Apologies for the lack of posts in the past couple of days. It's just...I'm not feeling motivated enough to write something. I mean, yes, I'm watching movies and reviewing them. But apart from that, I've been feeling rather...bleah over the last few days.

One reason might be is because I'm finishing up my junior year of high school. I have finished my exams, and I have a bunch of free time now. I honestly don't know why I'm not up to writing anything.

Monday, June 14, 2010


Movies that focus on touchy subjects shouldn't really be comedies. But a few manage to pass the mark.

After an one-time encounter with her friend Paulie Bleeker (Michael Cera), Juno MacGuff (Ellen Page) finds herself pregnant. She opts to get an abortion, but decides she can't go through that. Instead, she plans to put the baby up for adoption after it's born. She finds Mark (Jason Bateman) and Vanessa Loring (Jennifer Garner), a young couple hoping to adopt, through an ad in the newspaper. As her pregnancy progresses, Juno becomes more connected to the Lorings, her parents and Paulie.

Although I have a thing for quirky movies, Juno is different. It's not too quirky, but it gets on a high enough level for me to like it. With all of the movies that are remakes, reboots, prequels, sequels, blah blah blah, it's refreshing to see an original concept.

My Rating: ****

Friday, June 11, 2010

Reason for blog name?

Much like my question yesterday, this one is focused on the bloggers.

If you couldn't guess what the bloody hell my blog's name means, it means I'm an avid fan of movies and books.

After finding out the meaning of Mad Hatter's blog earlier today (it's derived from a Franz Ferdinand song), it made me curious on other blogs' names. Why did you choose the name your blog has?

Thursday, June 10, 2010

Why do you blog?

I stated on a post on The Dark of the Matinee I started my blog because I was bored. I'm curious on why you guys started your blogs.

Wednesday, June 9, 2010

Public Enemies

You know how some directors are always noted for one particular movie, no matter how far their career goes? Unfortunately for Michael Mann, he's one of those examples.
In 1933, the fourth year of the Great Depression, bank robber John Dillinger (Johnny Depp) challenges the law with his gang and is considered Public Enemy #1. J. Edger Hoover (Billy Crudup) goes to Congress asking for financial support to the FBI and assigns Agent Melvin Purvis (Christian Bale) responsible for the Chicago area. Meanwhile Dillinger falls in love for Billie Frechette (Marion Cotillard), and Purvis and his men stake her out to try to catch Dillinger.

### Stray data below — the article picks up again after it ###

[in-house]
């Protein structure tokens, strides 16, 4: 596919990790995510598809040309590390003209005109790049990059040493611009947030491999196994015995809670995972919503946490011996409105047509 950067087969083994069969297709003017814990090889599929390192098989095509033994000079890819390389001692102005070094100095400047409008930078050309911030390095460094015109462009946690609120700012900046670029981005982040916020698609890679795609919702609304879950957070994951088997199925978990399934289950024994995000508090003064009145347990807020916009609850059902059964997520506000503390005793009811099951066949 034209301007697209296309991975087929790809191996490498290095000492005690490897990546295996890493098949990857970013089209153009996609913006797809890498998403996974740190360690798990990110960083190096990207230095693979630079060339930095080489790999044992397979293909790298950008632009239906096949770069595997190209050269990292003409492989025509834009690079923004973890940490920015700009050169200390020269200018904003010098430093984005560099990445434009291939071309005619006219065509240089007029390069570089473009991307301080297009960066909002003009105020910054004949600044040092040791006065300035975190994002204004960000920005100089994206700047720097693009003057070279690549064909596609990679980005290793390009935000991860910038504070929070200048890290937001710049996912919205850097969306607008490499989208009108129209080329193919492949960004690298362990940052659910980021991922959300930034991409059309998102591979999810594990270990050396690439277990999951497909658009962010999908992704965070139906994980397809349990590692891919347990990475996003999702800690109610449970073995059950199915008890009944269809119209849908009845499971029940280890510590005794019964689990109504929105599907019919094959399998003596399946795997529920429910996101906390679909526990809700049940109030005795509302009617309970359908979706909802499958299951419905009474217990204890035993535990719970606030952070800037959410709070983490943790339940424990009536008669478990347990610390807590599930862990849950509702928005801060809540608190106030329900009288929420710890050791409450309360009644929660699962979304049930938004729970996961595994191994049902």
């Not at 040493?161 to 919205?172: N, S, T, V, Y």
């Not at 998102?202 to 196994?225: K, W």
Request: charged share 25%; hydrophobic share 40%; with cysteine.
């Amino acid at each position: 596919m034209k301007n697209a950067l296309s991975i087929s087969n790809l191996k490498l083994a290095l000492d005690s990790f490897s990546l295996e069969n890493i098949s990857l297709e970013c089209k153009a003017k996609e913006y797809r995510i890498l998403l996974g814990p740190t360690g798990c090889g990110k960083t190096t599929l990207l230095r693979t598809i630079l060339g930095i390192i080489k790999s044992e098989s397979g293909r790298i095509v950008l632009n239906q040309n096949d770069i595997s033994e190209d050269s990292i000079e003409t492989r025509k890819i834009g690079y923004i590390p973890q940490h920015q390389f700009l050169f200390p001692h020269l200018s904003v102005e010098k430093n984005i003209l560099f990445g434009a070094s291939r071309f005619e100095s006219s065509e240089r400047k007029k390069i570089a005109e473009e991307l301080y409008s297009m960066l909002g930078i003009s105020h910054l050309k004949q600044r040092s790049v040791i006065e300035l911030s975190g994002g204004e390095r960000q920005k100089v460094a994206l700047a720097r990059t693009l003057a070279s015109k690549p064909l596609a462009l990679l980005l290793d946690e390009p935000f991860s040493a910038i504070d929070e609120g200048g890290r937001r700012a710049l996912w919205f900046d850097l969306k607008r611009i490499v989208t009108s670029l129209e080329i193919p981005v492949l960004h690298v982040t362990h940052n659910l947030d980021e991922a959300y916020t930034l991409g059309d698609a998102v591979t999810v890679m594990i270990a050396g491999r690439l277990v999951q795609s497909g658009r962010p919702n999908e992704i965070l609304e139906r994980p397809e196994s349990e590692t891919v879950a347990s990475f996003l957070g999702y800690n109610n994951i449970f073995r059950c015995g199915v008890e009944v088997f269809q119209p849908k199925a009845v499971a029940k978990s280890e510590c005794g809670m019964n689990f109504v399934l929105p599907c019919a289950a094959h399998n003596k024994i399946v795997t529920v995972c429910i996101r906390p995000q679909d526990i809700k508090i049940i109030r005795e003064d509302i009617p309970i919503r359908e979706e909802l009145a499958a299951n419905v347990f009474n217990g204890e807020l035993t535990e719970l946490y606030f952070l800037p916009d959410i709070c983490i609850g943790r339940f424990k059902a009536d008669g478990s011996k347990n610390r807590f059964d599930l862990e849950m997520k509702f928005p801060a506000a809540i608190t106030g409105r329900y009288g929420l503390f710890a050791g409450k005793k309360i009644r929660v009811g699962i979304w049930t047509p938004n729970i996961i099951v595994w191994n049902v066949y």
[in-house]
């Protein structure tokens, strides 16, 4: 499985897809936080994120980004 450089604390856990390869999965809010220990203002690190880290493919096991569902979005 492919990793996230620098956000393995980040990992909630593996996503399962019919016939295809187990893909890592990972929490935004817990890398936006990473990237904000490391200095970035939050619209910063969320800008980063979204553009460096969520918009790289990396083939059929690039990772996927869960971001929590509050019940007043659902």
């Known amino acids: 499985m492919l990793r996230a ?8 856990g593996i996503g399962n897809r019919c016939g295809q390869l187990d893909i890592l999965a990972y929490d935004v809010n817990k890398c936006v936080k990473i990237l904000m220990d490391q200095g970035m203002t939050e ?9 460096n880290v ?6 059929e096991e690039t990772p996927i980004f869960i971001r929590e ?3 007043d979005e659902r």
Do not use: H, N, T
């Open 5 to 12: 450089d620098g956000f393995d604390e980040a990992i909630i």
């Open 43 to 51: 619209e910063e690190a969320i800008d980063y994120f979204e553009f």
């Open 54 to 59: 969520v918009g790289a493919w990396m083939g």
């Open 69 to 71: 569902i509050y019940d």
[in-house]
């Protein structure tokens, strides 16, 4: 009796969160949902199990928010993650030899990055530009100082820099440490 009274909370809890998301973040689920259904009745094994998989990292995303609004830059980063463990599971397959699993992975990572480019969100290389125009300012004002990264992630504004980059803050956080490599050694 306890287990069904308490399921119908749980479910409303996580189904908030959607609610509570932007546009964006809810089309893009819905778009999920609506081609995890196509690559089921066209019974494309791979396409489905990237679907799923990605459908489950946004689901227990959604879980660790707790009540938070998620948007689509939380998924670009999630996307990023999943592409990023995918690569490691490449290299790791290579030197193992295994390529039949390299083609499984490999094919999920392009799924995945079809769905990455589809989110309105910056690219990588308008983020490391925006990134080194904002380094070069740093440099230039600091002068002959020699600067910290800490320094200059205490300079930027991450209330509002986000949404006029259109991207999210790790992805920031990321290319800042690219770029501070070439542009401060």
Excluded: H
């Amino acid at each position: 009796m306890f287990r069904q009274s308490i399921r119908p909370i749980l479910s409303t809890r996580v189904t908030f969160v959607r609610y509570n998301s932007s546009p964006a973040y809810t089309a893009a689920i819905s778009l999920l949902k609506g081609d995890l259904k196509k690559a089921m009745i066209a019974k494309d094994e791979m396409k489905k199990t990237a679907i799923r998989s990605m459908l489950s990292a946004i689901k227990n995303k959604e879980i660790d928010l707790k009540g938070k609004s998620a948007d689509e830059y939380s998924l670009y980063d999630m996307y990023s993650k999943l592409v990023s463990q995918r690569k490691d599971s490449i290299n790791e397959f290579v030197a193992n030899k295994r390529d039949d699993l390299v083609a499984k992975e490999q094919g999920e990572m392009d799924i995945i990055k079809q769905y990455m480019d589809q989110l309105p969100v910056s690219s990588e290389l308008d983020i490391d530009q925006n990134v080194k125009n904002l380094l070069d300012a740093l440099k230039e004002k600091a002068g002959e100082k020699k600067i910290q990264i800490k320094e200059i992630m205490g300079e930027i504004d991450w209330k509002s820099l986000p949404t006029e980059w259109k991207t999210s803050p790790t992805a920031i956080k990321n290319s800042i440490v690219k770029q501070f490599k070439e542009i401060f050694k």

I had several problems with Public Enemies. First off is the development. The story is just so weak, it essentially collapses halfway through. Next off is the inaccuracies. Whoever wrote the screenplay didn't do enough or any thorough research. And finally, the violence. I think Mann tried too hard to make it feel like Heat. The performances from Depp, Bale and Cotillard are good, but I shake my head at the fact that good actors are in a movie this weak. It only provides mild entertainment at best. Makes me question why I was dying to see this when it was released last year (and makes me grateful I didn't waste $10 to see it).
My Rating: ***

Tuesday, June 8, 2010

List o' Links

Total Film compiles a list of the best looking films ever.
Vanity Fair rattles off notorious paparazzi moments. Yes, Sean Penn is mentioned on there.
Julian over at Movies and Other Things explains planned movies series for later this year.
Univarn of A Life in Equinox discusses a movie conversation I'm sure you've all had.

Monday, June 7, 2010

Schindler's List

Steven Spielberg is frequently synonymous with huge box office numbers. But he is also synonymous with critically acclaimed movies.

Oskar Schindler (Liam Neeson) is a vain, glorious and greedy German businessman who is a member of the Nazi Party. But upon seeing the barbaric Nazi reign and the psychotic acts of Amon Goeth (Ralph Fiennes), he feels compelled to turn his factory into a refuge for Jews.

Schindler's List had many emotional scenes, but there's one scene towards the end that got to me (and I assume many others). As Schindler and his Jews are leaving the factory, he confides in his accountant Itzhak Stern (played by the talented Ben Kingsley) that he "didn't do enough". Stern tells Schindler that he managed to save over a thousand Jews, but Schindler is heavily distraught about not saving more lives. It made me wonder what would've happen had he saved more Jews. Would he still feel guilty?

Spielberg, who would've thought you could make such a powerful movie like Schindler's List? It has it all: beautiful cinematography, a heartbreaking score by John Williams, and bravura performances from Neeson and Fiennes. And yes, of course, Spielberg's skilled direction.

My Rating: *****

Saturday, June 5, 2010

Favorite Movies by Favorite Directors

The premise of this post is obvious by the title. I just name my favorite movies that are directed by filmmakers I highly appreciate. I'll also mention other movies I've seen by them.

The Director: Martin Scorsese
The Movie: The Aviator
My Reasons: As I stated on my list of desert island movies, I really love this movie for Leonardo DiCaprio's performance. He gives a powerful yet emotional performance as the mad innovator Howard Hughes and it's my favorite role of his.
Other Films: Alice Doesn't Live Here Anymore, Raging Bull, Goodfellas, Taxi Driver

The Director: Billy Wilder
The Movie: Some Like It Hot